Anatomy of a Chimney

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A chimney, simply put, is a vertical tube designed to draw combustion products (smoke and gasses) from an appliance like a wood stove or fireplace to the atmosphere outside the house. Here are the basic parts:



Inside a chimney you’ll find one or more vertical passageways called flues. Ideally, each appliance connected to the chimney (such as each fireplace, each furnace, each wood stove) has its own, separate flue. More than one flue might be contained in one masonry chimney. So if you have a furnace and a fireplace connected to the same chimney, there should be at least two vertical passageways up the inside of the chimney.

Metal factory-built chimneys, of course, contain only one passageway for venting combustion products, the inside of the pipe.

Flue liners


In a modern masonry chimney, the inner wall of the flue is lined with some type of material for safety, ease of cleaning, and improved performance. Among the most common types of liners are:

  • Terra-cotta: Baked clay liners, also called terra-cotta or tile liners, are generally about 5/8″ thick, and look like two-foot long square, rectangular, or round tubes. They are cemented end-to-end up the inside of the flue to form a continuous, smooth lining.
  • Other modular liners: Terra cotta is not the only material used to make modular liner tubes. Some are composed of refractory cement, volcanic pumice, or a combination of fireproof materials.
  • Stainless Steel: Especially useful in re-lining existing chimneys (But used in new construction, as well), stainless steel liner systems incorporate a metal tube, rigid or flexible, with some type of insulation around it. The metal tube provides a continuous, even lining, and the insulation forms an additional layer of protection and helps keep the flue warm.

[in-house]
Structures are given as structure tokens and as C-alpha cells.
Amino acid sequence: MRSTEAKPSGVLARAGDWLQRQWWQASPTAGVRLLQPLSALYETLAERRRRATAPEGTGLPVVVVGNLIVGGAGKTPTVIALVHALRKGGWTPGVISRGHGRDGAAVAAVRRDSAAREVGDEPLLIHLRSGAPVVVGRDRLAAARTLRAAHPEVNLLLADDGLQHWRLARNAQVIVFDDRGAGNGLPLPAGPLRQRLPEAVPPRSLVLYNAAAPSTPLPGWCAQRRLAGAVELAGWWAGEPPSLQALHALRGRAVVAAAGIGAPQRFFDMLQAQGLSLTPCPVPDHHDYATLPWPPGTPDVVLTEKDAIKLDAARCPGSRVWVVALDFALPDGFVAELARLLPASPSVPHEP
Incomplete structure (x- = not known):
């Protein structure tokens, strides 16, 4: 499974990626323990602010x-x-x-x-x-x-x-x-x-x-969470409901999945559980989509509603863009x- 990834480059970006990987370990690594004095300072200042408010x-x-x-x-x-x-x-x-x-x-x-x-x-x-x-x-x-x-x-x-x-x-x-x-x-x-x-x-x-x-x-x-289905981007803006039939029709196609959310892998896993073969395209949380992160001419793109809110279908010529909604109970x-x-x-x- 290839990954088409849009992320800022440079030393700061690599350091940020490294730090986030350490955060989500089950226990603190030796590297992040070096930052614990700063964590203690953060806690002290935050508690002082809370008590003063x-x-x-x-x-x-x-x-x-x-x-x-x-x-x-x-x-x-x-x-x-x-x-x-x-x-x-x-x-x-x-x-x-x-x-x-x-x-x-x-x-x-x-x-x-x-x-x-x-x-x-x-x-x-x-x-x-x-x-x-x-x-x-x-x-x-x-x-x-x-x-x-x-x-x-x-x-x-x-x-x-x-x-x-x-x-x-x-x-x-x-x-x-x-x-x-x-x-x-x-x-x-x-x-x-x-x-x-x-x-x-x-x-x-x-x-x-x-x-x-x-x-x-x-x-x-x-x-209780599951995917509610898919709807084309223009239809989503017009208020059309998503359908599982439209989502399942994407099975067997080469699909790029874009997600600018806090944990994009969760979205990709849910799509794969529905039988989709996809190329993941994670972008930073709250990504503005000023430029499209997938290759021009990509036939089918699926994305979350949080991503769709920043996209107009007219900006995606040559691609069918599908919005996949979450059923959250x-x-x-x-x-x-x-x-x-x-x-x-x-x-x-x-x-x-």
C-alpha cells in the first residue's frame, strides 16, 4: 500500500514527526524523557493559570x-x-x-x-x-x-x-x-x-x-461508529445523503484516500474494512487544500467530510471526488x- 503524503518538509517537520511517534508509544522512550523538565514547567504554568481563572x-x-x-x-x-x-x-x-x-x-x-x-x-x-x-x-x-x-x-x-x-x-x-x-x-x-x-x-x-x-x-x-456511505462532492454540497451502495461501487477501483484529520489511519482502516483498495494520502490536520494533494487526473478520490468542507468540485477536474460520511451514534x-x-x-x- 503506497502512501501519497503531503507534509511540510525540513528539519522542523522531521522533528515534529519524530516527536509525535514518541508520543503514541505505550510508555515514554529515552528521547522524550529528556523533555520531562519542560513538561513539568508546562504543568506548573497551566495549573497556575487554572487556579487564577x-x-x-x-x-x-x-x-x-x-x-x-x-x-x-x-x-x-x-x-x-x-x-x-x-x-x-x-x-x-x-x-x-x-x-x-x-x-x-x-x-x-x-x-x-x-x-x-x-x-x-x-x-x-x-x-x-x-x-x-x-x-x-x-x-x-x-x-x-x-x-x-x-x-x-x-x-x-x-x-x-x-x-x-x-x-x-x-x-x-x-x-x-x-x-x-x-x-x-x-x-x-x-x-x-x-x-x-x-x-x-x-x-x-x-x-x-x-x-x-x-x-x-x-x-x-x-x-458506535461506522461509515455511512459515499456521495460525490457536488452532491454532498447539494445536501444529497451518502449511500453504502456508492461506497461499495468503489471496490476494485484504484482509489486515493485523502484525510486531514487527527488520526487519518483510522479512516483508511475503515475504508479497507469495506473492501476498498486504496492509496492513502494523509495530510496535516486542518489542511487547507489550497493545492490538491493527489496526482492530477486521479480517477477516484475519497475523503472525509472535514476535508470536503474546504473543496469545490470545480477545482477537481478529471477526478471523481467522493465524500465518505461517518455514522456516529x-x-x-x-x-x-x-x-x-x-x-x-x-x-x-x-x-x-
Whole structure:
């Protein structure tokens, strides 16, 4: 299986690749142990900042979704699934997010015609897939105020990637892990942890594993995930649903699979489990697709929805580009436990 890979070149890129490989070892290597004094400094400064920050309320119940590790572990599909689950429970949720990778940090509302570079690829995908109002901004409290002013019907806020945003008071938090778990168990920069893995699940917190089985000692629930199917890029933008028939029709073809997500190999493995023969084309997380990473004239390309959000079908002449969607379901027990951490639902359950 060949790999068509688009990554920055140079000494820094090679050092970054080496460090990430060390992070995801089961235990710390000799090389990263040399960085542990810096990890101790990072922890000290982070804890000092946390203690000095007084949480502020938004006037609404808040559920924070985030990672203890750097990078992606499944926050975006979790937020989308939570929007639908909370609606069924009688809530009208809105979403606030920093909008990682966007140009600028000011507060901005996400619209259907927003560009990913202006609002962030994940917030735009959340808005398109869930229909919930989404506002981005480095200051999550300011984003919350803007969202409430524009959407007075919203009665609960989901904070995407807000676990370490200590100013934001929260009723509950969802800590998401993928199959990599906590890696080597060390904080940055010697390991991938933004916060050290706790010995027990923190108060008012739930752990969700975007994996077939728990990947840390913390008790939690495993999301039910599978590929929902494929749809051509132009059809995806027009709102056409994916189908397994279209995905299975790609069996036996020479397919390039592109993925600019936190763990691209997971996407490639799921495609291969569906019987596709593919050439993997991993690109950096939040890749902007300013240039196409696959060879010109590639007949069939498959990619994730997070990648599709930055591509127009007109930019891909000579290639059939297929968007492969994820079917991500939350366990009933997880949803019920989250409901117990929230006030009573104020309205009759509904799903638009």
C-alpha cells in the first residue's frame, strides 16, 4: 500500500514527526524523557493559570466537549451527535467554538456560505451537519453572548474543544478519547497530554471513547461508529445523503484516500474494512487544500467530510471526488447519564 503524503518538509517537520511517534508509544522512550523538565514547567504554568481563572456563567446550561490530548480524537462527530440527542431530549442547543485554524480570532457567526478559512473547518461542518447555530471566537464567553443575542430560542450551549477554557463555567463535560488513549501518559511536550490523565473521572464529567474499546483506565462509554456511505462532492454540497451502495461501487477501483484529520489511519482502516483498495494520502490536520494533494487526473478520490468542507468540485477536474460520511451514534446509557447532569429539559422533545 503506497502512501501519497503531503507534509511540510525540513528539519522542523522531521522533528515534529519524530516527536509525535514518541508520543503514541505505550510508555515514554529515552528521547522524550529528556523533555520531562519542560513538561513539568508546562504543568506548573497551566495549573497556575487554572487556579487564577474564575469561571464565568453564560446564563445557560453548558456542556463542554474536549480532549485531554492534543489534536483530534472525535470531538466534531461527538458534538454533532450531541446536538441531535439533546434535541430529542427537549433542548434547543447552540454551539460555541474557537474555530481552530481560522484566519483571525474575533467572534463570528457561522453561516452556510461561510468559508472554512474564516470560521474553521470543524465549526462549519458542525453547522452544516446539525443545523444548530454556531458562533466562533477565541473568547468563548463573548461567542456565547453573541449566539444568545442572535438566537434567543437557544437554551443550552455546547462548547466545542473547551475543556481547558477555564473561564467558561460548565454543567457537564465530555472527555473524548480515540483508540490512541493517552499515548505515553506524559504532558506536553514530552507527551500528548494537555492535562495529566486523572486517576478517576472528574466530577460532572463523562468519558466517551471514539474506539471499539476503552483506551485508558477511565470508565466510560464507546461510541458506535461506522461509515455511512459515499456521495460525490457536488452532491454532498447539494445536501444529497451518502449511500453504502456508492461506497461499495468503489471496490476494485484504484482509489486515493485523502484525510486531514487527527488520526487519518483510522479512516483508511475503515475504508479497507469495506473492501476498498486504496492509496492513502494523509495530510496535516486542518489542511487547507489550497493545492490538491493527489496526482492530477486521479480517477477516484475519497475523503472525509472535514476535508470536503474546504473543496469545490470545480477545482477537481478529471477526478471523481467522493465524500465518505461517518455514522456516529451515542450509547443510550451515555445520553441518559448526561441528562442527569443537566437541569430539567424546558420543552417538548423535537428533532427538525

• Aluminum: Some installations of gas-fired equipment allow for the use of lower-cost aluminum liner systems.
  • Cast-in-place: Cast-in-place liners are, in essence, a thick layer of a highly durable, insulative, cement-type material applied to the walls of the flue. One method (but not the only one) for installing a cast-in-place lining involves inserting a removable rubber tube the full length of the flue and pumping the liner material in. The tube is later removed, leaving a smooth-walled, cast-in-place flue liner.

Note: For a metal factory-built chimney, the inner wall of the chimney serves the purpose of a chimney liner.

Chimney Crown


The top of a masonry chimney is called the crown. It should be gently sloped toward the edge, causing rainwater to run off. The flue liners should extend above the crown at least two inches (maybe more, depending on the local building code), so you might be able to see the tops of the liners from the ground.

Cleanout Door


At the base of each flue you should find a small, metal cleanout door. When your chimney professional cleans the flue, the soot and debris will be removed through this cleanout access. The exception is a fireplace, which needs no door, since the soot is cleaned out right at the fireplace opening. If you find a door in the cellar centered below the fireplace, it is probably an ash pit door. We will talk about that in the section on fireplaces.

Those are the basics. We will discuss other parts of chimneys as we cover relevant topics.

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1 thought on “Anatomy of a Chimney”

  1. is there a name for a square chimney with multiple flues built in the 1800s? It opens up to two fireplaces in two different rooms

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